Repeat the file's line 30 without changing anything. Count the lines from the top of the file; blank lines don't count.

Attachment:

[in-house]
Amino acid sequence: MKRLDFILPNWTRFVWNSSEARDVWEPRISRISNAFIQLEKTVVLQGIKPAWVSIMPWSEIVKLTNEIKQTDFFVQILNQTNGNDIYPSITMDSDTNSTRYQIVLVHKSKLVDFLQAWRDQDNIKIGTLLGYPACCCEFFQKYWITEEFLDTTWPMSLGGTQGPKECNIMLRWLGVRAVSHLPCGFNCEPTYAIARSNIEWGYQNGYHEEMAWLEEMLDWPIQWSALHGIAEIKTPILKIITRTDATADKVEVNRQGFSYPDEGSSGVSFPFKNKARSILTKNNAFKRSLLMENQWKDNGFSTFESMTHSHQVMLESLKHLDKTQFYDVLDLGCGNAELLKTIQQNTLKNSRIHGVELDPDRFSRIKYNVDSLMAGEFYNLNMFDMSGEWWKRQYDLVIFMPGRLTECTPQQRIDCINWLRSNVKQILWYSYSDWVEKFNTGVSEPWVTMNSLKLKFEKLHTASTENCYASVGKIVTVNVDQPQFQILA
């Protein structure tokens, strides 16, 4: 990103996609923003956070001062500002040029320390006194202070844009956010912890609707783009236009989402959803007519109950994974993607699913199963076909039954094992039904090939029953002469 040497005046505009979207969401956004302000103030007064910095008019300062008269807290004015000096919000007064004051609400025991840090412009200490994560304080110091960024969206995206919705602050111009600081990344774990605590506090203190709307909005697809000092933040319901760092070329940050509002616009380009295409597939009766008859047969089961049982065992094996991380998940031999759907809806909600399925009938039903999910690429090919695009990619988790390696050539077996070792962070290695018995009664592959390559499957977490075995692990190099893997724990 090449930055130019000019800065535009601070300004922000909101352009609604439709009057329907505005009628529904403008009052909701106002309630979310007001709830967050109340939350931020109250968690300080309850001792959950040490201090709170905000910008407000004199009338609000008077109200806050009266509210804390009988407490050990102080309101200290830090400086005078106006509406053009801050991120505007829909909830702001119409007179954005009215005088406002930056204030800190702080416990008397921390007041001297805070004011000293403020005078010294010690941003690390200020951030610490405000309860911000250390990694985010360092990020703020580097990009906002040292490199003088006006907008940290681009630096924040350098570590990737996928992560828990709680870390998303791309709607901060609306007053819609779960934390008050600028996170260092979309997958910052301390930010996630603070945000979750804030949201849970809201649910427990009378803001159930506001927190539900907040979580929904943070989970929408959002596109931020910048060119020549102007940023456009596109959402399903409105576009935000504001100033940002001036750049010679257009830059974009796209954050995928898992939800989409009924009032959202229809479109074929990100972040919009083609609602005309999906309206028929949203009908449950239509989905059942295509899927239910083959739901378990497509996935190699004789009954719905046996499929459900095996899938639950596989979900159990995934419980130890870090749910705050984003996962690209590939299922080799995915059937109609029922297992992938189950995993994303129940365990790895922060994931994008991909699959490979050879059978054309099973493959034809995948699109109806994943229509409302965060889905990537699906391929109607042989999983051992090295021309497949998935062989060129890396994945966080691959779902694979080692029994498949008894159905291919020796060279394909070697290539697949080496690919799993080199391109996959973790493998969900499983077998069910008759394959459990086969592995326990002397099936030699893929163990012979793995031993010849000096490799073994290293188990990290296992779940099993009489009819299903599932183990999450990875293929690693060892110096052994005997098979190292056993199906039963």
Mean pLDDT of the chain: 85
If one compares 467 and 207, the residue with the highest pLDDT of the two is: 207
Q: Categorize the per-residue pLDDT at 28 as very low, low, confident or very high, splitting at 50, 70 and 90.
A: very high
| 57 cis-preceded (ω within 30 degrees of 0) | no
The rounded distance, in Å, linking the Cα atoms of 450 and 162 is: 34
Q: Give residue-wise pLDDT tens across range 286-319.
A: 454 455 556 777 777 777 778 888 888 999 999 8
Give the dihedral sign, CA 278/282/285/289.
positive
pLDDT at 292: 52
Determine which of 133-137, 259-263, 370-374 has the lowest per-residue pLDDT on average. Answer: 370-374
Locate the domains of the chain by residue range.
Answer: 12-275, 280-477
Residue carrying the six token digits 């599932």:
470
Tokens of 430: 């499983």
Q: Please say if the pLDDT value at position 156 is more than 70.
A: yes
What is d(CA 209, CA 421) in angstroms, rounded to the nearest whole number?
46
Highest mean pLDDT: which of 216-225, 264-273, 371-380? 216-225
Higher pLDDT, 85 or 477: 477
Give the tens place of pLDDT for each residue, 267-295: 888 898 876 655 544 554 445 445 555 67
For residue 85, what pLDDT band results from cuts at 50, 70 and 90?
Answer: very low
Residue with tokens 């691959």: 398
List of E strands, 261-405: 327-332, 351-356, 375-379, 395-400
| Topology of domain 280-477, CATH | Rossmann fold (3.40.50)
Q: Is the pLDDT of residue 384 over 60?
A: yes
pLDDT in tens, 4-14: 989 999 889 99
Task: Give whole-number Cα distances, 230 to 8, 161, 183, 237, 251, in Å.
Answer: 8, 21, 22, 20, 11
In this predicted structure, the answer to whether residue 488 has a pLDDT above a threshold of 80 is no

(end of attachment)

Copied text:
Residue with tokens 């691959």: 398